Matt Haber, Wired Magazine, December, 1995
"I'm fascinated by the possibility of floating a code in the media," says Ebon Fisher, one of the first guerrilla artists and instructors at the MIT Media Lab. Fisher's Bionic Codes project is an evolving system of images linked with aphorisms, which he disseminates via T-shirts, stickers, fax broadcasts, digital movies, live shows, and the Web.
"I'm incubating structures in billions of neurons, various databases, and a slew of nightclubs and T-shirts. It's a weird undertaking. It's neither art nor science but a form of breeding."
Wired Magazine, Rants & Raves, March 1996
Breathtaking Biology - Got your codes flashing inside my eyelids ("Mr. Meme," Wired 3.12, page 44). Won't let me sleep... Now if I can only figure out some scripty way to project them onto the walls of my house.
Ebon Fisher Explores Subversive Play
Mike Tanner, Wired News, May, 1997
"I consider myself a mind artist," says Ebon Fisher, one of the original teachers at the MIT Media Lab and a cultivator of the now pervasive "meme" meme. "I take a concept and grow it interactively."
Fisher is referring to his biomorphic diagrams, which represent "human-machine interactions" as interlocking groups of nerve-shaped forms, accompanied by slogans about linking with others (such as "link via infant node"). These works, titled The Bionic Codes, have existed in media as varied as stickers, T-shirts, zines, nightclub projections, and now inhabit a Java-driven interactive game on the Sandbox webzine which launched on Tuesday.
This migration between media is emblematic both of the mutability inherent in Fisher's art, and of the kind of work that Sandbox has been covering as a paper zine and performance collective for the last three years. The group has worked - mostly with artists associated with the Williamsburg performance/installation party scene of the early '90s - to examine the medium-specific nature of art and "explore the manifold aspects of subversive and creative play."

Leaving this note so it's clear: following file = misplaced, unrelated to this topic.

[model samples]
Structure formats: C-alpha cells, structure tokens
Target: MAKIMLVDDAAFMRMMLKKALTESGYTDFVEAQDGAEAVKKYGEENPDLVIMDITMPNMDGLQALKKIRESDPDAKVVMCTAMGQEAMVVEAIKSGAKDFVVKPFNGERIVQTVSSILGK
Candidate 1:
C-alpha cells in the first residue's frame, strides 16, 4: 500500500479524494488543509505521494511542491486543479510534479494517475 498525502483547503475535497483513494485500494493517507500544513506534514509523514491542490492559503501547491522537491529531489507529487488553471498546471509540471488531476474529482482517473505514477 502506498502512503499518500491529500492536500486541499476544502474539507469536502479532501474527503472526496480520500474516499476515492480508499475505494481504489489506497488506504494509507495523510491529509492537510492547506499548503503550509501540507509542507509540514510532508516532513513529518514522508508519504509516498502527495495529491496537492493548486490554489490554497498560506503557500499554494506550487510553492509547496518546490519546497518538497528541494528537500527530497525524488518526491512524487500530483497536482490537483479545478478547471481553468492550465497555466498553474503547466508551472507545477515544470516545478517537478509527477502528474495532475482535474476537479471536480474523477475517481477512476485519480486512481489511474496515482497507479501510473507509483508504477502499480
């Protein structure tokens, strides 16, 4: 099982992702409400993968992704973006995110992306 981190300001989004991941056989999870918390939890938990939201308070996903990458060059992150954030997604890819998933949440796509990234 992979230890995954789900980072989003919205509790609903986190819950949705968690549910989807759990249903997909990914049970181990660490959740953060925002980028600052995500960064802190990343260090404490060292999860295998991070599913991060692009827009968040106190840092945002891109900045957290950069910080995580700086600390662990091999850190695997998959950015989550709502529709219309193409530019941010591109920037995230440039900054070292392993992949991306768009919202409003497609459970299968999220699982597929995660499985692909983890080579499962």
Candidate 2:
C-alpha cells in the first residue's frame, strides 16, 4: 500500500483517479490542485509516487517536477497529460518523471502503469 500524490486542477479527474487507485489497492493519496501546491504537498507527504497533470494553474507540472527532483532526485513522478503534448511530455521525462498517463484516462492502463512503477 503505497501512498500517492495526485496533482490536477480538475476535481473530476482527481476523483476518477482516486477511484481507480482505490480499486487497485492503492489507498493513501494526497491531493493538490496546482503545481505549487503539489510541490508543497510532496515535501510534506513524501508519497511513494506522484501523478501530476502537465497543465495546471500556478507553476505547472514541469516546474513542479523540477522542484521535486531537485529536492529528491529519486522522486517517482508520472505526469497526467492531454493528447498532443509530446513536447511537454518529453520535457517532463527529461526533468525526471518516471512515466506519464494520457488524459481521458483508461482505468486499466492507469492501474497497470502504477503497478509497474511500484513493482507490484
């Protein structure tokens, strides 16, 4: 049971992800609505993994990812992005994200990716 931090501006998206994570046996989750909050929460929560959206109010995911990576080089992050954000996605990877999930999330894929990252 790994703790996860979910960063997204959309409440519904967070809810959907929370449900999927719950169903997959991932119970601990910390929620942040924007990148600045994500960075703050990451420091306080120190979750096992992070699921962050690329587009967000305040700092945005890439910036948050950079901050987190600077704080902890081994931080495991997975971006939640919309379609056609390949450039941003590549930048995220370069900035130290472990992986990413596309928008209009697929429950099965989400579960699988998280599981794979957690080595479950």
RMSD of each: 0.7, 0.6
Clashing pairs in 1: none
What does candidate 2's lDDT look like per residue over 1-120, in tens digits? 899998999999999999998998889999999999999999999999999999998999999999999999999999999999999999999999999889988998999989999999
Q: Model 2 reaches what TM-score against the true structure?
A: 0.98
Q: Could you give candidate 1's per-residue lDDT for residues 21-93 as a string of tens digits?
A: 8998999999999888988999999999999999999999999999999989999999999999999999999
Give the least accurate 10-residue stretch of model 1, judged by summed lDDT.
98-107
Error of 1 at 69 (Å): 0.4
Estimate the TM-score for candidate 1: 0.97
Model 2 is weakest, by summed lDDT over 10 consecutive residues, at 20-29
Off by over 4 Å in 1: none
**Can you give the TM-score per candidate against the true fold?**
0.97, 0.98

"Play," says Sandbox editor Sylvie Myerson, implies not only the child-like pursuit of fun but also the urge to "play with something to see how it works." The work isn't overtly political, she adds, but "the idea of adults creating something that's not for anything commercial is in itself subversive."
The new site features conceptual, interactive audio, and visual pieces by Sandbox artists, as well as reviews and archives of articles from the paper zine. Some work, like Fisher's diagrams are obviously adaptable to the Web, while some - like Sally Resnik's participatory ceramics-and-paper "rituals" - are not. By hosting events for each issue of the paper magazine, however, Sandbox has given its contributors "the opportunity to work directly with the audience," and this interaction is something Myerson hopes will transfer to the Web. For Resnik's piece, she says, they've "managed to adapt it and create the experience of an online ritual for people." Images of Resnik's sculptures and performances are added to sound files from the events, and viewers are able to send in answers to questions that will become part of the piece.
Though run as part of a nonprofit organization by a staff with other day-jobs - including freelance editorial worker Myerson and copublisher and design chief Vid Jain - the Sandbox site is scheduled for monthly updates of the reviews and other text pieces, while the heavy-production features will be revamped twice a year.